It’s at this point, I think, that the connection between Eugene Fama’s contention about the “efficient market hypothesis” and the doctrine in the humanities known as “antifoundationalism” becomes clear: both are denials of the Starks’ “Winter Is Coming” motto. After all, a bubble only makes sense if there is some kind of “intrinsic,” or “foundational,” value to something; similarly, a “foundationalist” thinks that there is some nonhuman reality. But why does this obscure and esoteric doctrinal dispute among a few intellectuals matter, aside from being the latest turn of the wheel of fashion within the walls of the academy?

Well, it matters because what they are really discussing—the real meaning of “intrinsic value”—is whether to allow ordinary people to have any say about the future of their lives.

Many liberals, for instance, have warned about the Republican assault on the right to vote in such matters as the Supreme Court’s 2013 ruling in Shelby County vs. Holder, which essentially gutted the Voting Rights Act of 1965, or the passage of “voter ID laws” in many states—sold as “protections” but in reality a means of preventing voting. What’s far less-often discussed, however, is that intellectuals of the supposed academic left have begun—quietly, to be sure—to question the very idea of voting.

Oxford don Mary Beard, for example—a scholar of the ancient world and avowed feminist—recently wrote a column for the London Review of Books concerning the “Brexit” referendum, in which the people of Great Britain decided whether to stay in the European Union or not. Beard’s sort—educated, with “progressive” opinions—thought that Britain ought to remain in the Union; when the results came in, however, the nation had decided to leave, or “Brexit.” “Handing us a referendum,” Beard wrote in response, “is not a way to reach a responsible decision”—“for God’s sake,” one can almost hear Beard lecturing, “how can you let an important decision be up to the [insert condescending adjective here] voters?” But while that might sound like a one-time response to a very particular situation, in fact many smart people who share Beard’s general views also share her distrust of elections.

What is an election, anyway, but an event analogous to a battle, or a hurricane? To people inclined to dismiss the significance of real events, it’s easy enough to dismiss the notion of elections. “Importantly”— wrote Princeton University’s Lawrance S. Rockefeller Professor of Politics, Stephen Macedo, recently—“majority rule is not a fundamental principle of either democracy or fairness, nor is it required by any basic principle of democracy or fairness.” According to Macedo, “the basic principle of democracy” isn’t elections, but instead “political equality,” or a “respect [for] minority rights and … fair and inclusive deliberation.” In other words, so long as “minority rights” are respected and there is “fair and inclusive deliberation,” it doesn’t matter if anyone votes or not—which is to say that to very many smart, and supposedly “liberal” or “leftist” people, the very notion that voting has any kind of “intrinsic value” to it at all has become irrelevant.

That, more or less, is what the characters on Game of Thrones think too. After all, as Tywin says to Jaime at one point during the conversation I began this essay with, a “lion doesn’t concern himself with the opinion of a sheep.” Which, one supposes, is not a very surprising sentiment on a show that, while it sometimes depicts depicts dragons and magic, mostly concerns the doings of a handful of aristocrats in a feudal age. What might be pretty surprising, however—depending on your level of distrust—is that, today, a great many of the people entrusted to be society’s shepherds appear to agree with them.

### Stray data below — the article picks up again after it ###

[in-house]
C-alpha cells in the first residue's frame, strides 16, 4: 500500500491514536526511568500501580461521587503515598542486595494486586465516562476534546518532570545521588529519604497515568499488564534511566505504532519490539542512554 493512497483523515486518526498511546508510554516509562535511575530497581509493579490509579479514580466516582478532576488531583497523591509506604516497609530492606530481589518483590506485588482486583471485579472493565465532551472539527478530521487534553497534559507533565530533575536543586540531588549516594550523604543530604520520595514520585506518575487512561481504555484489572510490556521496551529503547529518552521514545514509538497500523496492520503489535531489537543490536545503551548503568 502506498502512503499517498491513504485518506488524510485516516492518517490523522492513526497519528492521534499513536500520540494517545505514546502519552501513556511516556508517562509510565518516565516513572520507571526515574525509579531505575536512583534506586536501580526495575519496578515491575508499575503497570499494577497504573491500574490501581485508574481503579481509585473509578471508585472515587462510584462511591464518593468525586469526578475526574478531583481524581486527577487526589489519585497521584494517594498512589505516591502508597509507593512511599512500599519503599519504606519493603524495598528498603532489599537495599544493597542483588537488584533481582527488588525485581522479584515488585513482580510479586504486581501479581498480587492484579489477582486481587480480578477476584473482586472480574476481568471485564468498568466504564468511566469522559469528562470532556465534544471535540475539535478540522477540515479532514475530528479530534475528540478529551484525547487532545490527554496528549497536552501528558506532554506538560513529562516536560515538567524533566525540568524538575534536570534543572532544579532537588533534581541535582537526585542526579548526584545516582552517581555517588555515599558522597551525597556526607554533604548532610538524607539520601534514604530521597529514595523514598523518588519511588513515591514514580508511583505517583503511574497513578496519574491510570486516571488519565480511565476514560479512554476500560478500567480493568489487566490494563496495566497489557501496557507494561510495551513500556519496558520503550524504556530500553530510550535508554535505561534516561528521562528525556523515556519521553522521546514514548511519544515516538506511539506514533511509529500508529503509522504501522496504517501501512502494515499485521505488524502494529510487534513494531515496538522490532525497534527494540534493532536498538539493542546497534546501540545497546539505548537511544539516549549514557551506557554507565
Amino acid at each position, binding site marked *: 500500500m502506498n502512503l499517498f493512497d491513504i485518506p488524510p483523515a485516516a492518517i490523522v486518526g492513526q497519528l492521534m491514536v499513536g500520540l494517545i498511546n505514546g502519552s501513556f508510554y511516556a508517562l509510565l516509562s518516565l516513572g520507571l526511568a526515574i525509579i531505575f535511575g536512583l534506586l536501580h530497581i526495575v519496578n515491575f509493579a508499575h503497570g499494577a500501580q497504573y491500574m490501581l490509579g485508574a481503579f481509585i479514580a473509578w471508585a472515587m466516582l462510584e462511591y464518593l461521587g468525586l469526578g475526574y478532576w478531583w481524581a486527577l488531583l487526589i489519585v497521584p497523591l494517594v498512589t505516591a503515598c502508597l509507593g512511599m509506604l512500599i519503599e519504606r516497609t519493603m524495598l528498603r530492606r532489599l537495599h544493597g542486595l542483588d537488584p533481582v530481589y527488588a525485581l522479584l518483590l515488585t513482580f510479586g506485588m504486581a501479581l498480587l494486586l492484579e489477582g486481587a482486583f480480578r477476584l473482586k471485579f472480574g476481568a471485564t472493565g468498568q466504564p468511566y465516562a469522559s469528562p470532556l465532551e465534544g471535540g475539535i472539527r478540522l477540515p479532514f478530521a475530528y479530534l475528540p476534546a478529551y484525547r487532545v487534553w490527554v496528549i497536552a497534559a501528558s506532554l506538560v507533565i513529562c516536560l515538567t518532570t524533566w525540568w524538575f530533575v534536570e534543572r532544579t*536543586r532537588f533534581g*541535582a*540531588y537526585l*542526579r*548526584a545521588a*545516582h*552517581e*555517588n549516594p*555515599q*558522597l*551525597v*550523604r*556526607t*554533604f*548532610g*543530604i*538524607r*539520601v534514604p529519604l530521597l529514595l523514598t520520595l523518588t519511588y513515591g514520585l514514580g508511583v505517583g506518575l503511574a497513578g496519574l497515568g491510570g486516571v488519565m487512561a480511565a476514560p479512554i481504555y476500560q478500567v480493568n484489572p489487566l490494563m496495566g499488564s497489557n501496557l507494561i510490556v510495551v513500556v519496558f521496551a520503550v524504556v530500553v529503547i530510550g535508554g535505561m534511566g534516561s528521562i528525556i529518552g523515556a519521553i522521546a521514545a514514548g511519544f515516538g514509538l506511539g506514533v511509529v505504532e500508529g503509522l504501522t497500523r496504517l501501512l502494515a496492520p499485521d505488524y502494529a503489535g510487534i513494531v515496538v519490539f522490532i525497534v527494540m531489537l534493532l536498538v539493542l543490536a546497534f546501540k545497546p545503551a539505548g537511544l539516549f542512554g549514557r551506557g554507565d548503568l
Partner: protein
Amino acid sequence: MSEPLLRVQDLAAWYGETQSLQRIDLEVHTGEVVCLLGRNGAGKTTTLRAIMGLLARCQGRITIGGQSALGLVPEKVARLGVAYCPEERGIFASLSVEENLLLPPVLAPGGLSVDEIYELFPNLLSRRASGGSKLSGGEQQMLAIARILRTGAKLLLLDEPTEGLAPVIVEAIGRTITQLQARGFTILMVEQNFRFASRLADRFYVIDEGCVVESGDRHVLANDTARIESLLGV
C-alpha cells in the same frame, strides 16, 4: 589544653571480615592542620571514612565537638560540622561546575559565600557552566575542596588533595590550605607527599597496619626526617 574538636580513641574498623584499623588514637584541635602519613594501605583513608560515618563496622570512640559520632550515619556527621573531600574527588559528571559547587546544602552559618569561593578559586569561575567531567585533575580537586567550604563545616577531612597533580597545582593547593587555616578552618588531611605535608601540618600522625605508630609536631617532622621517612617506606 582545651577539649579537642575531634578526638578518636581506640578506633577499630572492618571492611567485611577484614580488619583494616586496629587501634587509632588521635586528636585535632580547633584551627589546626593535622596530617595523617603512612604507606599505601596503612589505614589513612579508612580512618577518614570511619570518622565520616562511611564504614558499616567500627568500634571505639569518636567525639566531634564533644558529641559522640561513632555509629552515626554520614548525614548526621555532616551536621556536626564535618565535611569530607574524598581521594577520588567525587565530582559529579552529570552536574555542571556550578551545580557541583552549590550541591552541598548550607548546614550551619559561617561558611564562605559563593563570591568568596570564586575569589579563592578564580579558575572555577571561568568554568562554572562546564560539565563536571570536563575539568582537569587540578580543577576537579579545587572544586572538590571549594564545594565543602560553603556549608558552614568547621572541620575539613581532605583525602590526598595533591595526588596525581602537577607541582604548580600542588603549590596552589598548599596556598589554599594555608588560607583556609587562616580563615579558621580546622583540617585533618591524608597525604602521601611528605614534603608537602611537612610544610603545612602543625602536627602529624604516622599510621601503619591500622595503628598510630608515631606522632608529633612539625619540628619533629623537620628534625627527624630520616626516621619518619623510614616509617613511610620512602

Instruments of Darkness

 

And oftentimes, to win us to our harm,
The instruments of darkness tell us truths …
—William Shakespeare
    The Tragedy of MacBeth
Act I, scene 3 132-3 (1606) 

 

This year’s Masters demonstrated, once again, the truism that nobody watches golf without Tiger Woods: last year’s Masters, played without Tiger, had the lowest ratings since 1957, while the ratings for this year’s Saturday’s round (featuring a charging Woods), were up nearly half again as much. So much is unsurprising; what was surprising, perhaps, was the reappearance of a journalistic fixture from the days of Tiger’s past: the “pre-Masters Tiger hype story.” It’s a reoccurance that suggests Tiger may be taking cues from another ratings monster: the television series Game of Thrones. But if so—with a nod to Ramsey Snow’s famous line in the show—it suggests that Tiger himself doesn’t think his tale will have a happy ending.

The prototype of the “pre-Masters” story was produced in 1997, the year of Tiger’s first Masters win: before that “win for the ages,” it was widely reported how the young phenom had shot a 59 during a practice round at Isleworth Country Club. At the time the story seemed innocuous, but in retrospect there are reasons to interrogate it more deeply—not to say it didn’t happen, exactly, but to question whether it was released as part of a larger design. After all, Tiger’s father Earl—still alive then—would have known just what to do with the story.

Earl, as all golf fans know, created and disseminated the myth of the invincible Tiger to anyone who would listen in the late 1990s: “Tiger will do more than any other man in history to change the course of humanity,” Gary Smith quoted him saying in the Sports Illustrated story (“The Chosen One”) that, more than any other, sold the Gospel of Woods. There is plenty of reason to suspect that the senior Woods deliberately created this myth as part of a larger campaign: because Earl, as a former member of the U.S. Army’s Green Berets, knew the importance of psychological warfare.